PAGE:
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Records management rides again

Way back when, in the earliest days of electronic document technology, there was no workflow or business process re-engineering, no document management, no World Wide Web, certainly no knowledge management. Few people even had PCs on their desk. It was amazing that companies managed to get anything done at all, but somehow they muddled through.

Out of that primordial fog came imaging, an incredible new technology developed to revolutionize the world of records management. The world of what? You know, records! Those huge rooms of color-coded paper files, sometimes taking up whole warehouses, filled with frazzled file clerks searching for folders that were always somehow hopelessly lost. Fantastic tales abounded of buildings that had to be structurally reinforced just to support the weight of all those file cabinets. It was a fearful time.

I was a hardware guy at Wang then. We had discovered a way to robotically select microfilm cassettes using a contraption originally designed to fill jelly doughnuts, and index each frame of microfilm in a database. With a single keystroke, the doughnut machine would whirl, a cassette would spin and the selected frame would be scanned and digitized. Any record could be called up on the screen in a flash, and they never got lost! Sure it was expensive, but anything that could make life easier for records managers was worth it. We weren't sure exactly what records managers did, but we knew their work was important, since they spent the big bucks.

Over time, of course, it turned out we were mistaken, at least about the big bucks part. Once the few customers with floor-busting file rooms were satisfied, it seemed that most companies' technology acquisition budget for records management ranked somewhere below that for the bowling team. The real customer demand for imaging, and later for workflow and document management technology, came from the lines of business that needed to process customer requests faster and more efficiently, control and revise internal documents, collaborate across the enterprise and publish information easily. Those applications promised line VPs a financial return on investment, while records management was ... well, just a legal obligation of the company as a whole.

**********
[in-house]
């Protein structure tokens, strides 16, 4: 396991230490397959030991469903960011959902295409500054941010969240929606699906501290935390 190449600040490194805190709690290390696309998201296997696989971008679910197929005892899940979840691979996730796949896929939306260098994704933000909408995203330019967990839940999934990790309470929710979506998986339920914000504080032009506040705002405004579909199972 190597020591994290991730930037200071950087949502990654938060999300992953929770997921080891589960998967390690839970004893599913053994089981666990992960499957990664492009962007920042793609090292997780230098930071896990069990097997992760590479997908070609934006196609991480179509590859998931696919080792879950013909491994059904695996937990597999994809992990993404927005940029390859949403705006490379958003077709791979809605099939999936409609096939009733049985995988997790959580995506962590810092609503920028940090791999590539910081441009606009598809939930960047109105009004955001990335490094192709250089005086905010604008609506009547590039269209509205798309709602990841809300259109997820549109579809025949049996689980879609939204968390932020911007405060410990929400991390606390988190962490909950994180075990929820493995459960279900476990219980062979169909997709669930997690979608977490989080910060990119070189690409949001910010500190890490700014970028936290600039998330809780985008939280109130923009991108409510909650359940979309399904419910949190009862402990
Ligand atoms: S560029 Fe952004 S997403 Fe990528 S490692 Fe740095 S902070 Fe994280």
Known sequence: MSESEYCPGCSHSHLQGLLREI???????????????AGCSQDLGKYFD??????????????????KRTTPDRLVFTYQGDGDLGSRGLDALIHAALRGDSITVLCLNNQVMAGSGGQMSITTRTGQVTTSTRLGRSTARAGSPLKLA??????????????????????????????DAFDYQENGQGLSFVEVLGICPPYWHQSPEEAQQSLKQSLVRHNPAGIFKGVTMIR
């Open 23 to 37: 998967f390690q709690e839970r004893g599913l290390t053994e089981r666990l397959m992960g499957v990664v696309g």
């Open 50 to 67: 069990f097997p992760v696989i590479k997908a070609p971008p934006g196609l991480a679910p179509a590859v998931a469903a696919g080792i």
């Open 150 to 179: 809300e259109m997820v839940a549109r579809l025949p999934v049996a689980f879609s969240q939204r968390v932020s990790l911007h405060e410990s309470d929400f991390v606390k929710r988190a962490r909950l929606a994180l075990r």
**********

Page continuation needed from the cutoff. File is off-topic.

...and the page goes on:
Besides, rapid advances in technology made the records management problem look to vendors like a solved problem. Records managers had evolved elaborate and tightly controlled indexing schemes, which they weren't particularly looking to automate. With imaging, they usually seemed to know which document they were looking for and exactly how to find it, without recourse to content retrieval, relevancy ranking, spiders and bots, and the other knowledge management exotica now in fashion. All they needed was a controlled-access archive, a standalone application. In local government and education markets where paper records ruled, companies like Laserfiche quietly prospered with image-oriented records management. But among the Fortune 1000 and the leading document systems vendors that serve them, records management soon drifted off the radar screen.